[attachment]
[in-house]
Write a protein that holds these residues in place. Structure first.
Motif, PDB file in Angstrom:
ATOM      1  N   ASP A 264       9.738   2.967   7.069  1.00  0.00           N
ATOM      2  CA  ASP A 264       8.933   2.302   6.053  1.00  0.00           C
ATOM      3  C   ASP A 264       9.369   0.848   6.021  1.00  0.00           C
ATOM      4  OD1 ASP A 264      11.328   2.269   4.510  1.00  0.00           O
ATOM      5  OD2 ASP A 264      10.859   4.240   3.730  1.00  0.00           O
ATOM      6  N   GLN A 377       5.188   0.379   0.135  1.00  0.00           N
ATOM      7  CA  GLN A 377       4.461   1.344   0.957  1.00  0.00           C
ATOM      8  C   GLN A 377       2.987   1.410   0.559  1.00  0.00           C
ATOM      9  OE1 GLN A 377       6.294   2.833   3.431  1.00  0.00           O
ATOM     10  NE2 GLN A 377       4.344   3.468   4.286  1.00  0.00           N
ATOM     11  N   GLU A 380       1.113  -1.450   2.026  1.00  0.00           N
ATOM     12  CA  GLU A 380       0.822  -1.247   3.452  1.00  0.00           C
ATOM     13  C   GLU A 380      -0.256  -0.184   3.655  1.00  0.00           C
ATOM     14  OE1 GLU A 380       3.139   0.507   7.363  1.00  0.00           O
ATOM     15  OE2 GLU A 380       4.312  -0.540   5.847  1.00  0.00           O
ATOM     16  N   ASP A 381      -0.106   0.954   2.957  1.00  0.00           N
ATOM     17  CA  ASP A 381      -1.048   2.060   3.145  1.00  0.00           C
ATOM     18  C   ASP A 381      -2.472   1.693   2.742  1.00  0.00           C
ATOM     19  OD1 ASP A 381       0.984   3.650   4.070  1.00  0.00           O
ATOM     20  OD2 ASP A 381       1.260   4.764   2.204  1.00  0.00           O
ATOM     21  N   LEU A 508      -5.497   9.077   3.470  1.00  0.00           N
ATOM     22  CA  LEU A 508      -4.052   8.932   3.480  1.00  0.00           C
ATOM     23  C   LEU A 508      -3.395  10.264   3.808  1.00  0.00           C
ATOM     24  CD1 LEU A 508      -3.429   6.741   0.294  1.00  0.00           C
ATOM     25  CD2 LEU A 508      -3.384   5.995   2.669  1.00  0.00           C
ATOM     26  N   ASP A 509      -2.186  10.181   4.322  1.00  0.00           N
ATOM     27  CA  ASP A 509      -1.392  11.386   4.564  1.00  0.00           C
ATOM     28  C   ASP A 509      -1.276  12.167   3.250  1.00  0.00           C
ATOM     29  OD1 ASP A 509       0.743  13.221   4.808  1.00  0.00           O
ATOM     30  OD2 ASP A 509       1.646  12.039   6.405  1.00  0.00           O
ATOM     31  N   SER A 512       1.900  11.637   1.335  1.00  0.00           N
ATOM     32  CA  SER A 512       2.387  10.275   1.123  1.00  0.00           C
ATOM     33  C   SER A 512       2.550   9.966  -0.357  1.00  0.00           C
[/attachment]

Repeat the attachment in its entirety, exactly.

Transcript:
[in-house]
Write a protein that holds these residues in place. Structure first.
Motif, PDB file in Angstrom:
ATOM      1  N   ASP A 264       9.738   2.967   7.069  1.00  0.00           N
ATOM      2  CA  ASP A 264       8.933   2.302   6.053  1.00  0.00           C
ATOM      3  C   ASP A 264       9.369   0.848   6.021  1.00  0.00           C
ATOM      4  OD1 ASP A 264      11.328   2.269   4.510  1.00  0.00           O
ATOM      5  OD2 ASP A 264      10.859   4.240   3.730  1.00  0.00           O
ATOM      6  N   GLN A 377       5.188   0.379   0.135  1.00  0.00           N
ATOM      7  CA  GLN A 377       4.461   1.344   0.957  1.00  0.00           C
ATOM      8  C   GLN A 377       2.987   1.410   0.559  1.00  0.00           C
ATOM      9  OE1 GLN A 377       6.294   2.833   3.431  1.00  0.00           O
ATOM     10  NE2 GLN A 377       4.344   3.468   4.286  1.00  0.00           N
ATOM     11  N   GLU A 380       1.113  -1.450   2.026  1.00  0.00           N
ATOM     12  CA  GLU A 380       0.822  -1.247   3.452  1.00  0.00           C
ATOM     13  C   GLU A 380      -0.256  -0.184   3.655  1.00  0.00           C
ATOM     14  OE1 GLU A 380       3.139   0.507   7.363  1.00  0.00           O
ATOM     15  OE2 GLU A 380       4.312  -0.540   5.847  1.00  0.00           O
ATOM     16  N   ASP A 381      -0.106   0.954   2.957  1.00  0.00           N
ATOM     17  CA  ASP A 381      -1.048   2.060   3.145  1.00  0.00           C
ATOM     18  C   ASP A 381      -2.472   1.693   2.742  1.00  0.00           C
ATOM     19  OD1 ASP A 381       0.984   3.650   4.070  1.00  0.00           O
ATOM     20  OD2 ASP A 381       1.260   4.764   2.204  1.00  0.00           O
ATOM     21  N   LEU A 508      -5.497   9.077   3.470  1.00  0.00           N
ATOM     22  CA  LEU A 508      -4.052   8.932   3.480  1.00  0.00           C
ATOM     23  C   LEU A 508      -3.395  10.264   3.808  1.00  0.00           C
ATOM     24  CD1 LEU A 508      -3.429   6.741   0.294  1.00  0.00           C
ATOM     25  CD2 LEU A 508      -3.384   5.995   2.669  1.00  0.00           C
ATOM     26  N   ASP A 509      -2.186  10.181   4.322  1.00  0.00           N
ATOM     27  CA  ASP A 509      -1.392  11.386   4.564  1.00  0.00           C
ATOM     28  C   ASP A 509      -1.276  12.167   3.250  1.00  0.00           C
ATOM     29  OD1 ASP A 509       0.743  13.221   4.808  1.00  0.00           O
ATOM     30  OD2 ASP A 509       1.646  12.039   6.405  1.00  0.00           O
ATOM     31  N   SER A 512       1.900  11.637   1.335  1.00  0.00           N
ATOM     32  CA  SER A 512       2.387  10.275   1.123  1.00  0.00           C
ATOM     33  C   SER A 512       2.550   9.966  -0.357  1.00  0.00           C